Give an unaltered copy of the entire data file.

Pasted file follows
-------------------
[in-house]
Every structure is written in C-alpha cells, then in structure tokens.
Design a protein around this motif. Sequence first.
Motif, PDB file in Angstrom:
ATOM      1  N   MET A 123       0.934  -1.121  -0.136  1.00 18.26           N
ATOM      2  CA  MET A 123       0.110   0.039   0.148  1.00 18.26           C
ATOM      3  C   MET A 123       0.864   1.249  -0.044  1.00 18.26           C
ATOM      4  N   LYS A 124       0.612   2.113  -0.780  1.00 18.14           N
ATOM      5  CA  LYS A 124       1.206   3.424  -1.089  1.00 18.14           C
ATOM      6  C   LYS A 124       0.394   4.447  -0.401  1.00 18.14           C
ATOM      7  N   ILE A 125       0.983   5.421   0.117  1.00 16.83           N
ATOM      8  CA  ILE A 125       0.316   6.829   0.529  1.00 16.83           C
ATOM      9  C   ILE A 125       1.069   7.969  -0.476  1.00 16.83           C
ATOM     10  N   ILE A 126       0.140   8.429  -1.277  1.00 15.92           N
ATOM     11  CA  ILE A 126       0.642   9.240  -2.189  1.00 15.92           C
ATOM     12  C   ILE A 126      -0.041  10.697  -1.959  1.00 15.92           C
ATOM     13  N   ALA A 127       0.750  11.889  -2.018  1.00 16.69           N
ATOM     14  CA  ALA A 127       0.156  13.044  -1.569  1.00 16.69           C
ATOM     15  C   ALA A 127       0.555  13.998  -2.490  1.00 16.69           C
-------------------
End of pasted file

[in-house]
Every structure is written in C-alpha cells, then in structure tokens.
Design a protein around this motif. Sequence first.
Motif, PDB file in Angstrom:
ATOM      1  N   MET A 123       0.934  -1.121  -0.136  1.00 18.26           N
ATOM      2  CA  MET A 123       0.110   0.039   0.148  1.00 18.26           C
ATOM      3  C   MET A 123       0.864   1.249  -0.044  1.00 18.26           C
ATOM      4  N   LYS A 124       0.612   2.113  -0.780  1.00 18.14           N
ATOM      5  CA  LYS A 124       1.206   3.424  -1.089  1.00 18.14           C
ATOM      6  C   LYS A 124       0.394   4.447  -0.401  1.00 18.14           C
ATOM      7  N   ILE A 125       0.983   5.421   0.117  1.00 16.83           N
ATOM      8  CA  ILE A 125       0.316   6.829   0.529  1.00 16.83           C
ATOM      9  C   ILE A 125       1.069   7.969  -0.476  1.00 16.83           C
ATOM     10  N   ILE A 126       0.140   8.429  -1.277  1.00 15.92           N
ATOM     11  CA  ILE A 126       0.642   9.240  -2.189  1.00 15.92           C
ATOM     12  C   ILE A 126      -0.041  10.697  -1.959  1.00 15.92           C
ATOM     13  N   ALA A 127       0.750  11.889  -2.018  1.00 16.69           N
ATOM     14  CA  ALA A 127       0.156  13.044  -1.569  1.00 16.69           C
ATOM     15  C   ALA A 127       0.555  13.998  -2.490  1.00 16.69           C